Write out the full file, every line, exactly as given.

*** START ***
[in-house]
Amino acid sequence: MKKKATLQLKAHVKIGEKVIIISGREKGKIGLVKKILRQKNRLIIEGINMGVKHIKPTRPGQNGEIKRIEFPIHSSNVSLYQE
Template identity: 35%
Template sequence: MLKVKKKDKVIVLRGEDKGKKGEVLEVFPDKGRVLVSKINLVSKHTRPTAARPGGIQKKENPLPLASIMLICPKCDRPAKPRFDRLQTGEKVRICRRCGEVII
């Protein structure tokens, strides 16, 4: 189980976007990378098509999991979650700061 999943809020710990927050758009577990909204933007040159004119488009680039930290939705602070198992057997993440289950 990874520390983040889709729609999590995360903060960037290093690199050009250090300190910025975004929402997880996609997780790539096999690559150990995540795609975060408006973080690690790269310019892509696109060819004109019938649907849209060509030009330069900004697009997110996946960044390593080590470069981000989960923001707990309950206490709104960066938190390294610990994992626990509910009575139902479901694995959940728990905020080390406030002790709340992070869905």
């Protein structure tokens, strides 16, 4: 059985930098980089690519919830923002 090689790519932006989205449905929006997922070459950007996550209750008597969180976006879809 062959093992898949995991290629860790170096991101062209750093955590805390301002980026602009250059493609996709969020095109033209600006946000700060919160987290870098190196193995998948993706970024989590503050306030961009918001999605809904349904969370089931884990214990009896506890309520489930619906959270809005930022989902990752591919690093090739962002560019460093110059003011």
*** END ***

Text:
[in-house]
Amino acid sequence: MKKKATLQLKAHVKIGEKVIIISGREKGKIGLVKKILRQKNRLIIEGINMGVKHIKPTRPGQNGEIKRIEFPIHSSNVSLYQE
Template identity: 35%
Template sequence: MLKVKKKDKVIVLRGEDKGKKGEVLEVFPDKGRVLVSKINLVSKHTRPTAARPGGIQKKENPLPLASIMLICPKCDRPAKPRFDRLQTGEKVRICRRCGEVII
């Protein structure tokens, strides 16, 4: 189980976007990378098509999991979650700061 999943809020710990927050758009577990909204933007040159004119488009680039930290939705602070198992057997993440289950 990874520390983040889709729609999590995360903060960037290093690199050009250090300190910025975004929402997880996609997780790539096999690559150990995540795609975060408006973080690690790269310019892509696109060819004109019938649907849209060509030009330069900004697009997110996946960044390593080590470069981000989960923001707990309950206490709104960066938190390294610990994992626990509910009575139902479901694995959940728990905020080390406030002790709340992070869905």
């Protein structure tokens, strides 16, 4: 059985930098980089690519919830923002 090689790519932006989205449905929006997922070459950007996550209750008597969180976006879809 062959093992898949995991290629860790170096991101062209750093955590805390301002980026602009250059493609996709969020095109033209600006946000700060919160987290870098190196193995998948993706970024989590503050306030961009918001999605809904349904969370089931884990214990009896506890309520489930619906959270809005930022989902990752591919690093090739962002560019460093110059003011």